Wednesday, May 11, 2011

Are Marathons Worth It?

There is an interesting article on 3 Quarks Daily that asks "are marathons worth it?". It is definitely worth a read.

To excerpt parts of the article, the author writes:
It's 10:00 on a beautiful Sunday morning in California. To my left is some of the most spectacular coastline America has to offer. I'm walking along a road on Point Lobos that is ordinarily packed with cars on days like this, but today, thanks in part to my $135 entry fee, the road has been closed to traffic.

There's only one problem: I should be running, not walking. Over the past year, I've spent hundreds of dollars on running gear and race entry fees. I've logged more than 1,600 miles training for this event, including nearly 1,000 miles in the past four months alone. I've lost over 35 pounds and steadily improved my speed and stamina. Why can't I make my body do what I've trained it to do?

Dozens of runners pass me on either side, each of them experiencing varying degrees of misery similar to my own. Most of them, like me, have traveled hundreds or thousands of miles to get here, spending $500, $1,000 or more to participate in this event, the Big Sur International Marathon. Like Boston, New York, Paris, and Berlin, Big Sur is a "destination marathon," a once-in-a-lifetime experience that is so beloved, many runners return year after year.
Last year, over 500,000 runners completed a marathon in the U.S. alone. Nearly all of these runners had absolutely no chance of victory: The 625 marathons held in 2010 yielded only 1,250 slots for victors (male and female). To encourage more runners to participate, many races offer a variety of other awards: Age-group winners, a master's division for runners over 40, awards for runners above a certain weight, for runners who live in snowy climates and so have limited opportunities to train, for relay teams, even for best costume. But even when you account for all these awards, only a tiny fraction of competitors actually wins anything.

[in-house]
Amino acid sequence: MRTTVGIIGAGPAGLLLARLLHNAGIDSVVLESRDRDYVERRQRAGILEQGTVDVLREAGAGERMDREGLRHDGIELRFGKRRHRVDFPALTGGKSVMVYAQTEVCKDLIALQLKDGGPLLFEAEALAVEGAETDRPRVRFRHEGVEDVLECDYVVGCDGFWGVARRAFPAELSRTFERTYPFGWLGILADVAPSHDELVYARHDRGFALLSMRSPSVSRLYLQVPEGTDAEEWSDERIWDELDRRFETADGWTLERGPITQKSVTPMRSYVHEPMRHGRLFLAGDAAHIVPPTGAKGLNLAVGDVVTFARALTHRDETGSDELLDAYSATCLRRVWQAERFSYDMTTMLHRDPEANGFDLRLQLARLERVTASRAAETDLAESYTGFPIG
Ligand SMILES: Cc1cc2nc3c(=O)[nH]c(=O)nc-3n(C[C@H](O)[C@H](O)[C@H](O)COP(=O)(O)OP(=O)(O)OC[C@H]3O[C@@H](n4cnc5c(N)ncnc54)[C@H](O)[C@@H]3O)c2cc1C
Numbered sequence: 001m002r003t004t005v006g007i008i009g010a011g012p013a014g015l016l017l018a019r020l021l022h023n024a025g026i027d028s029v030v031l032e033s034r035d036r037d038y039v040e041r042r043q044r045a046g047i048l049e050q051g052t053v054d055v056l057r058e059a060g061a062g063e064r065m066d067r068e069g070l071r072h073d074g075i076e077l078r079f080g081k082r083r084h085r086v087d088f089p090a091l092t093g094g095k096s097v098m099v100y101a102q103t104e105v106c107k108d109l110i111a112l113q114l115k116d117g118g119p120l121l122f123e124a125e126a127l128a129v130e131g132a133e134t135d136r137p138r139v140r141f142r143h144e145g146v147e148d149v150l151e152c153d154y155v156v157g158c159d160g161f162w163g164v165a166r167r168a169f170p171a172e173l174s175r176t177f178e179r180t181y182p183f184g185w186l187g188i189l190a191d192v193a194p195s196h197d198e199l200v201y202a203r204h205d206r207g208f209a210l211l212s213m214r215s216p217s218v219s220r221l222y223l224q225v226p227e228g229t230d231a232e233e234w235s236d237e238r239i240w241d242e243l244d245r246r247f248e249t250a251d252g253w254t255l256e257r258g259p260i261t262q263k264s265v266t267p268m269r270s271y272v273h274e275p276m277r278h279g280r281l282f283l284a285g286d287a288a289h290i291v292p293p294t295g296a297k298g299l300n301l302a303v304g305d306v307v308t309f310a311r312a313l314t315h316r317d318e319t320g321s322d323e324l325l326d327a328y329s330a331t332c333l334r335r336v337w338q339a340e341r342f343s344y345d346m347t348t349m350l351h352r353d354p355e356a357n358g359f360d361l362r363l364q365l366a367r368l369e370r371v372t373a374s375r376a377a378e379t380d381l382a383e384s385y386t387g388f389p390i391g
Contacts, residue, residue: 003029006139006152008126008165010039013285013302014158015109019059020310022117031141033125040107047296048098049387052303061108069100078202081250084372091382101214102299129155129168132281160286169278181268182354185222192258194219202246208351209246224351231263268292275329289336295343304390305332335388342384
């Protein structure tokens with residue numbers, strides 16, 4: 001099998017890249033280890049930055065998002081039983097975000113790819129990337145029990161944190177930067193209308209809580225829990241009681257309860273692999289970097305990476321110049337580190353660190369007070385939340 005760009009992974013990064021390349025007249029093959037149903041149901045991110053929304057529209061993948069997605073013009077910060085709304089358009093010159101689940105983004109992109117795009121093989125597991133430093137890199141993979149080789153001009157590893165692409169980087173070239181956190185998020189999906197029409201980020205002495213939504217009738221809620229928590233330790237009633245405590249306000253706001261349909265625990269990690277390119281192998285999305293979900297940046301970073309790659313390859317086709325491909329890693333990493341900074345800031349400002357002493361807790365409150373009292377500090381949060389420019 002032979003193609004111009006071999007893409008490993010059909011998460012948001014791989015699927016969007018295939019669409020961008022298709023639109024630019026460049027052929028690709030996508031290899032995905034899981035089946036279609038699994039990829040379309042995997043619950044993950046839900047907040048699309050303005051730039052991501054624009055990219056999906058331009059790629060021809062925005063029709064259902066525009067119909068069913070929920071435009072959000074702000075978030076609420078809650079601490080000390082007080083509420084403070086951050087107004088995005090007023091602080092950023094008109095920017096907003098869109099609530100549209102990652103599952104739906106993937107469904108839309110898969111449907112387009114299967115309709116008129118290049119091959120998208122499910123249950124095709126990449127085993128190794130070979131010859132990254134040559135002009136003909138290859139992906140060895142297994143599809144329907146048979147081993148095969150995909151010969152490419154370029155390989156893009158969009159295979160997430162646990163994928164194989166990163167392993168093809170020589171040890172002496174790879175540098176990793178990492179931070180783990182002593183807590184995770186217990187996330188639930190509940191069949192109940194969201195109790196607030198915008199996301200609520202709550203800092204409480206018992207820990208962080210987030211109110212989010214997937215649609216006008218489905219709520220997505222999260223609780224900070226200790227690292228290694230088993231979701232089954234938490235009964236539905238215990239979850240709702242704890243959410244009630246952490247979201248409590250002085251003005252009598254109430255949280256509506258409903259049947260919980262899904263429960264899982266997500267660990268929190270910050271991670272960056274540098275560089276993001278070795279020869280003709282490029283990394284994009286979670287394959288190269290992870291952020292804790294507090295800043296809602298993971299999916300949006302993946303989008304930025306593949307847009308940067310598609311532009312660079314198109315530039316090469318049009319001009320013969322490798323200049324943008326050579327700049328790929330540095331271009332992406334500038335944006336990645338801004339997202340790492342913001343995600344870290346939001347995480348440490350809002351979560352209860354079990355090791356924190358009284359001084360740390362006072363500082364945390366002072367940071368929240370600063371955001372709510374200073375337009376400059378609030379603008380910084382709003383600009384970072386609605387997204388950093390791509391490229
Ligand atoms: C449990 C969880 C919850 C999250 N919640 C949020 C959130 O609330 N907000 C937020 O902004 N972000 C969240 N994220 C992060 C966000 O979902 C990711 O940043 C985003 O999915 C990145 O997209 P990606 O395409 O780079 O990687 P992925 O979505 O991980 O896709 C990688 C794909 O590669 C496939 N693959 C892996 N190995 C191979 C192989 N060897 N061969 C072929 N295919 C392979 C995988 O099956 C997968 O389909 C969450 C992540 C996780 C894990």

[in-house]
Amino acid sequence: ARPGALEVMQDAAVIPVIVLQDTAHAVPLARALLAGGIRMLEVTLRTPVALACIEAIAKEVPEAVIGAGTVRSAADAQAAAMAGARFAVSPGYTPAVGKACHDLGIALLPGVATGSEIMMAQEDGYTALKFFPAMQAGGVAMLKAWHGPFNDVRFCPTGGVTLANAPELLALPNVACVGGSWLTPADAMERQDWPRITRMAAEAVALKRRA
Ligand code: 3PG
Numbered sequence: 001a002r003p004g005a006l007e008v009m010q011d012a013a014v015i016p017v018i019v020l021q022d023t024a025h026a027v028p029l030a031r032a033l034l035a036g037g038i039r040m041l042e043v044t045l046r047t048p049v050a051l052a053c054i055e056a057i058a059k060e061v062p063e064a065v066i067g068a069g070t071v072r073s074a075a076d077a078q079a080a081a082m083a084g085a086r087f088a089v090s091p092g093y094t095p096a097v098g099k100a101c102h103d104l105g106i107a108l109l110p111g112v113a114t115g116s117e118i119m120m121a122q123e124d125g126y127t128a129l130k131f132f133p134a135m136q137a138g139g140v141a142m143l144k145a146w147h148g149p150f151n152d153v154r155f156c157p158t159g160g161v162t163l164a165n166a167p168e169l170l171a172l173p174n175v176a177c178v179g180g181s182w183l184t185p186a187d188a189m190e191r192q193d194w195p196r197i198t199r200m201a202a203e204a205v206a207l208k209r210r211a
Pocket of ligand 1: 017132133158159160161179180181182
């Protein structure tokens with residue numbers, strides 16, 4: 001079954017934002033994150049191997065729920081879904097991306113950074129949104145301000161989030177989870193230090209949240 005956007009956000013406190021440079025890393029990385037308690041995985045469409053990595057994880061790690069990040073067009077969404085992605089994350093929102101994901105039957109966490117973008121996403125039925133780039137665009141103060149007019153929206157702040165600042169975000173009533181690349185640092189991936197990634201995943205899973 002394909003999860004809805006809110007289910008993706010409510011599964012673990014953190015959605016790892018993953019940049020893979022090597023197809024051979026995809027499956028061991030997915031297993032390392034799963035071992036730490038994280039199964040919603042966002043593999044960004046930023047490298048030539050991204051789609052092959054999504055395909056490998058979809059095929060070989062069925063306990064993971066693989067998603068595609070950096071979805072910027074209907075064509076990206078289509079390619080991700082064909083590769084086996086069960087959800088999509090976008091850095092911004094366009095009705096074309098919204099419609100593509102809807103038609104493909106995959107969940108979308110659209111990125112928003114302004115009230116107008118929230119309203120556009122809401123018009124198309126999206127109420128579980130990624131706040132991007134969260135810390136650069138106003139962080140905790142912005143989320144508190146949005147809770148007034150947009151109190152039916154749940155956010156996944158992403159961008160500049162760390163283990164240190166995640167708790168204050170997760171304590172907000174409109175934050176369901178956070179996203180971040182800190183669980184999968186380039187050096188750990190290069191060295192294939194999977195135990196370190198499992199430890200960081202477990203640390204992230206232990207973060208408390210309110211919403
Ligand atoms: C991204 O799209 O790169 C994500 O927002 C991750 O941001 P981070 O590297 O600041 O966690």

No, the runners in all these races are rarely actually competing against the other runners. Most runners have only one opponent: Themselves. Once you've run one marathon, you need to run another one, to see if you can do better. The PR — personal record — has become everyman's definition of a "good race," whether he finishes in first or three thousand and first.

The quest for a new PR can lead runners to spend hundreds of hours training, and thousands of dollars on gear and services designed to help them trim a few minutes off their previous records. Running shoes now routinely cost over $100 a pair, and Mizuno this weekend cracked the $200 barrier with its latest offering. Supposing these new shoes actually make you faster — a dubious proposition — does it really make sense for an average runner to buy them? This runner isn't going to win any races regardless of what shoes they wear. Even if they set a new PR, what's the value in that if it doesn't actually reflect improved conditioning?
A few days after the race, the race organizers email me a link to a site where I can preview my official photos — and download them, for a fee, of course. There I am, crossing the finish line. There I am, looking strong in the early part of the race, with the waves of Big Sur crashing to the shore in the background. But I'm most intrigued by a photo taken around 10 a.m., on Point Lobos. I'm walking, not running, and the look on my face is somewhere between exhaustion and despair. That photo, more than any of the other professional photos or the ones I took myself, captures what it's like to run a marathon. I had never pushed myself as hard in my life, even during those hundreds of miles in training. It's a feeling I've never experienced before, and one I don't want to experience again in a race, but it left me with an almost overwhelming desire to be stronger than that, better than that, and damn the cost.